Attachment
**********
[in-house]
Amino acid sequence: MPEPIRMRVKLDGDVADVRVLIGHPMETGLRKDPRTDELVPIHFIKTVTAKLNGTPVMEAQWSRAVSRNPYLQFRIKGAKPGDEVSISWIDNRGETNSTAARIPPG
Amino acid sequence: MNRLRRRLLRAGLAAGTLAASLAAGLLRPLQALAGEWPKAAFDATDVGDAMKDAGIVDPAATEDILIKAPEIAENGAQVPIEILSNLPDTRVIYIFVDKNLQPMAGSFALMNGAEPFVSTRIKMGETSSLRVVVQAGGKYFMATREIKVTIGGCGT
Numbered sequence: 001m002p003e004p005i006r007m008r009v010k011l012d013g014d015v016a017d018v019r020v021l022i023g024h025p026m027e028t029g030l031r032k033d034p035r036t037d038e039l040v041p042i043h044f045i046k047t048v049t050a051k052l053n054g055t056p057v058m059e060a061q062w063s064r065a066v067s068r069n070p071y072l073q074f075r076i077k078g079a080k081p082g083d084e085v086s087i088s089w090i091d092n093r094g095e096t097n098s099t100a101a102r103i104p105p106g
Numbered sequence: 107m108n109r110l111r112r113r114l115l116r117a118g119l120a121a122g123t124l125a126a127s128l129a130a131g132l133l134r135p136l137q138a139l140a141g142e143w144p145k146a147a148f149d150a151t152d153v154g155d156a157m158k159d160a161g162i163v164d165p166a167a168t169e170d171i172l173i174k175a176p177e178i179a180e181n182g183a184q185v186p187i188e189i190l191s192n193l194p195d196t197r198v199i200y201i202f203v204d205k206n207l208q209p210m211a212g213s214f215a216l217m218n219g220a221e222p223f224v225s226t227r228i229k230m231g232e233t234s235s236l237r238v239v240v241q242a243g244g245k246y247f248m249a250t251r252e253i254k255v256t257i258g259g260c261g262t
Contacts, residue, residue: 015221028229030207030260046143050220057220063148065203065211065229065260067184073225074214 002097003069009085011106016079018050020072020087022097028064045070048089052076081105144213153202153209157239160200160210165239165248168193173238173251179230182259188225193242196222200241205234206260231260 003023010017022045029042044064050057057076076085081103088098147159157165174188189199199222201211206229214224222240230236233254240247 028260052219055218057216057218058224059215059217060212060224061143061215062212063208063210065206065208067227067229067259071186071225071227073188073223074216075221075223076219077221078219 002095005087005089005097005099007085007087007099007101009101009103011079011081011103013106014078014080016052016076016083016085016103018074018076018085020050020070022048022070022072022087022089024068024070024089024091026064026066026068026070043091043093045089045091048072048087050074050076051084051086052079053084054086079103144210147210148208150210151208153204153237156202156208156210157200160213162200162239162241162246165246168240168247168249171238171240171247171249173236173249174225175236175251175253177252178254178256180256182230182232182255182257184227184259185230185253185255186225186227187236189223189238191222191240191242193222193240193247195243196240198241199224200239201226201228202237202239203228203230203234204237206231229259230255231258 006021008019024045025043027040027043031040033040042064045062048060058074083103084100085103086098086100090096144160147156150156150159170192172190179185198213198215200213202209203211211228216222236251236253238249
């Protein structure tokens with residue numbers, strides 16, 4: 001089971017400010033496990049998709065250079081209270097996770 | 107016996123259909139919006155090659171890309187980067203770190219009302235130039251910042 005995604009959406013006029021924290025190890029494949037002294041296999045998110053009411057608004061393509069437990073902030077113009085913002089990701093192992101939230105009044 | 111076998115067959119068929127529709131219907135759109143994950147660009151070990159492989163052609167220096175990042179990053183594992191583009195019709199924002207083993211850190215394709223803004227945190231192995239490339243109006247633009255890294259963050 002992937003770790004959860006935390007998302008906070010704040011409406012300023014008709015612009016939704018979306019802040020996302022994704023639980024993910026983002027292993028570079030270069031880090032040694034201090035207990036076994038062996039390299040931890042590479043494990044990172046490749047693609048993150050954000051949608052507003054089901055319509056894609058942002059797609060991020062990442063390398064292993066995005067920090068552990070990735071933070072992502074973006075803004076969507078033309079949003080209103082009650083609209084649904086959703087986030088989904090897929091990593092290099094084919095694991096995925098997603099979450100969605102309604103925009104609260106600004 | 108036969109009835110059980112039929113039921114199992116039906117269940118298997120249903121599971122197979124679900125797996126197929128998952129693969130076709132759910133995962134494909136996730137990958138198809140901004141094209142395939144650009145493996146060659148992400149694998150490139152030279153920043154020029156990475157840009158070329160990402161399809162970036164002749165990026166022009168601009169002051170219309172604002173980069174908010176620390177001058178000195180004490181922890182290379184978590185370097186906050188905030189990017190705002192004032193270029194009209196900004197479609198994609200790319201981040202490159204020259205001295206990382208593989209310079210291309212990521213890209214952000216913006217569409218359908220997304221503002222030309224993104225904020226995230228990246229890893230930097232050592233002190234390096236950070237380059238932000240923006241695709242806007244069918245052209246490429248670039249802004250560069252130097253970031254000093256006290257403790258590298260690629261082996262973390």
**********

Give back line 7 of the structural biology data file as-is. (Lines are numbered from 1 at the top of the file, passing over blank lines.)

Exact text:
């Protein structure tokens with residue numbers, strides 16, 4: 001089971017400010033496990049998709065250079081209270097996770 | 107016996123259909139919006155090659171890309187980067203770190219009302235130039251910042 005995604009959406013006029021924290025190890029494949037002294041296999045998110053009411057608004061393509069437990073902030077113009085913002089990701093192992101939230105009044 | 111076998115067959119068929127529709131219907135759109143994950147660009151070990159492989163052609167220096175990042179990053183594992191583009195019709199924002207083993211850190215394709223803004227945190231192995239490339243109006247633009255890294259963050 002992937003770790004959860006935390007998302008906070010704040011409406012300023014008709015612009016939704018979306019802040020996302022994704023639980024993910026983002027292993028570079030270069031880090032040694034201090035207990036076994038062996039390299040931890042590479043494990044990172046490749047693609048993150050954000051949608052507003054089901055319509056894609058942002059797609060991020062990442063390398064292993066995005067920090068552990070990735071933070072992502074973006075803004076969507078033309079949003080209103082009650083609209084649904086959703087986030088989904090897929091990593092290099094084919095694991096995925098997603099979450100969605102309604103925009104609260106600004 | 108036969109009835110059980112039929113039921114199992116039906117269940118298997120249903121599971122197979124679900125797996126197929128998952129693969130076709132759910133995962134494909136996730137990958138198809140901004141094209142395939144650009145493996146060659148992400149694998150490139152030279153920043154020029156990475157840009158070329160990402161399809162970036164002749165990026166022009168601009169002051170219309172604002173980069174908010176620390177001058178000195180004490181922890182290379184978590185370097186906050188905030189990017190705002192004032193270029194009209196900004197479609198994609200790319201981040202490159204020259205001295206990382208593989209310079210291309212990521213890209214952000216913006217569409218359908220997304221503002222030309224993104225904020226995230228990246229890893230930097232050592233002190234390096236950070237380059238932000240923006241695709242806007244069918245052209246490429248670039249802004250560069252130097253970031254000093256006290257403790258590298260690629261082996262973390």